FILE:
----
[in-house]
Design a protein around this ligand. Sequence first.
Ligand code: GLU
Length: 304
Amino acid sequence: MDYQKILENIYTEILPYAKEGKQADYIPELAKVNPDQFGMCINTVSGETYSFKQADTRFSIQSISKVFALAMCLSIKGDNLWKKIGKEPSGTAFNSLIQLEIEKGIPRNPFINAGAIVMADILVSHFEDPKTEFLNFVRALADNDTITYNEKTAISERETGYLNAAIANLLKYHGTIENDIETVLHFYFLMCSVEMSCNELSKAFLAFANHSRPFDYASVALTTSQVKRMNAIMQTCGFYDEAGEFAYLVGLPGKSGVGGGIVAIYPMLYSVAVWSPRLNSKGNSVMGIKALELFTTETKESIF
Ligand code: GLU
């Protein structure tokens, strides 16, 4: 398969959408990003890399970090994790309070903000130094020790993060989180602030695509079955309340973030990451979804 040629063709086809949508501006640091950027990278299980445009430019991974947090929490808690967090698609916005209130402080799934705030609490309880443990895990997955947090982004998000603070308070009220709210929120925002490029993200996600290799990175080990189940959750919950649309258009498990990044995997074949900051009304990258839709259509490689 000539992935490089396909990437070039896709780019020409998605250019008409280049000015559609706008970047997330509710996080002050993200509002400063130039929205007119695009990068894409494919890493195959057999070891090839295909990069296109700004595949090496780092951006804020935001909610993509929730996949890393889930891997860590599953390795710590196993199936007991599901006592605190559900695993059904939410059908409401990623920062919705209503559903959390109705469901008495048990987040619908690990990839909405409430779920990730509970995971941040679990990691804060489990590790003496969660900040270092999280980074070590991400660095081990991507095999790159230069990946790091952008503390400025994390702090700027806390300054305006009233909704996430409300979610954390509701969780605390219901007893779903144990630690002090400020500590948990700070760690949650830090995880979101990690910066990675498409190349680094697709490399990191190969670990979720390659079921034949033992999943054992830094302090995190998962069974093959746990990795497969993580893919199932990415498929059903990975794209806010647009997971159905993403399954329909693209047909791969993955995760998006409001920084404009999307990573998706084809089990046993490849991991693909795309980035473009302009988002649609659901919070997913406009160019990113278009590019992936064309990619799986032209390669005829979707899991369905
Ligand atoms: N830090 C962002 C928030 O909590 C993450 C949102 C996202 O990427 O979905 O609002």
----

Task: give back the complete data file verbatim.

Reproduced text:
[in-house]
Design a protein around this ligand. Sequence first.
Ligand code: GLU
Length: 304
Amino acid sequence: MDYQKILENIYTEILPYAKEGKQADYIPELAKVNPDQFGMCINTVSGETYSFKQADTRFSIQSISKVFALAMCLSIKGDNLWKKIGKEPSGTAFNSLIQLEIEKGIPRNPFINAGAIVMADILVSHFEDPKTEFLNFVRALADNDTITYNEKTAISERETGYLNAAIANLLKYHGTIENDIETVLHFYFLMCSVEMSCNELSKAFLAFANHSRPFDYASVALTTSQVKRMNAIMQTCGFYDEAGEFAYLVGLPGKSGVGGGIVAIYPMLYSVAVWSPRLNSKGNSVMGIKALELFTTETKESIF
Ligand code: GLU
């Protein structure tokens, strides 16, 4: 398969959408990003890399970090994790309070903000130094020790993060989180602030695509079955309340973030990451979804 040629063709086809949508501006640091950027990278299980445009430019991974947090929490808690967090698609916005209130402080799934705030609490309880443990895990997955947090982004998000603070308070009220709210929120925002490029993200996600290799990175080990189940959750919950649309258009498990990044995997074949900051009304990258839709259509490689 000539992935490089396909990437070039896709780019020409998605250019008409280049000015559609706008970047997330509710996080002050993200509002400063130039929205007119695009990068894409494919890493195959057999070891090839295909990069296109700004595949090496780092951006804020935001909610993509929730996949890393889930891997860590599953390795710590196993199936007991599901006592605190559900695993059904939410059908409401990623920062919705209503559903959390109705469901008495048990987040619908690990990839909405409430779920990730509970995971941040679990990691804060489990590790003496969660900040270092999280980074070590991400660095081990991507095999790159230069990946790091952008503390400025994390702090700027806390300054305006009233909704996430409300979610954390509701969780605390219901007893779903144990630690002090400020500590948990700070760690949650830090995880979101990690910066990675498409190349680094697709490399990191190969670990979720390659079921034949033992999943054992830094302090995190998962069974093959746990990795497969993580893919199932990415498929059903990975794209806010647009997971159905993403399954329909693209047909791969993955995760998006409001920084404009999307990573998706084809089990046993490849991991693909795309980035473009302009988002649609659901919070997913406009160019990113278009590019992936064309990619799986032209390669005829979707899991369905
Ligand atoms: N830090 C962002 C928030 O909590 C993450 C949102 C996202 O990427 O979905 O609002």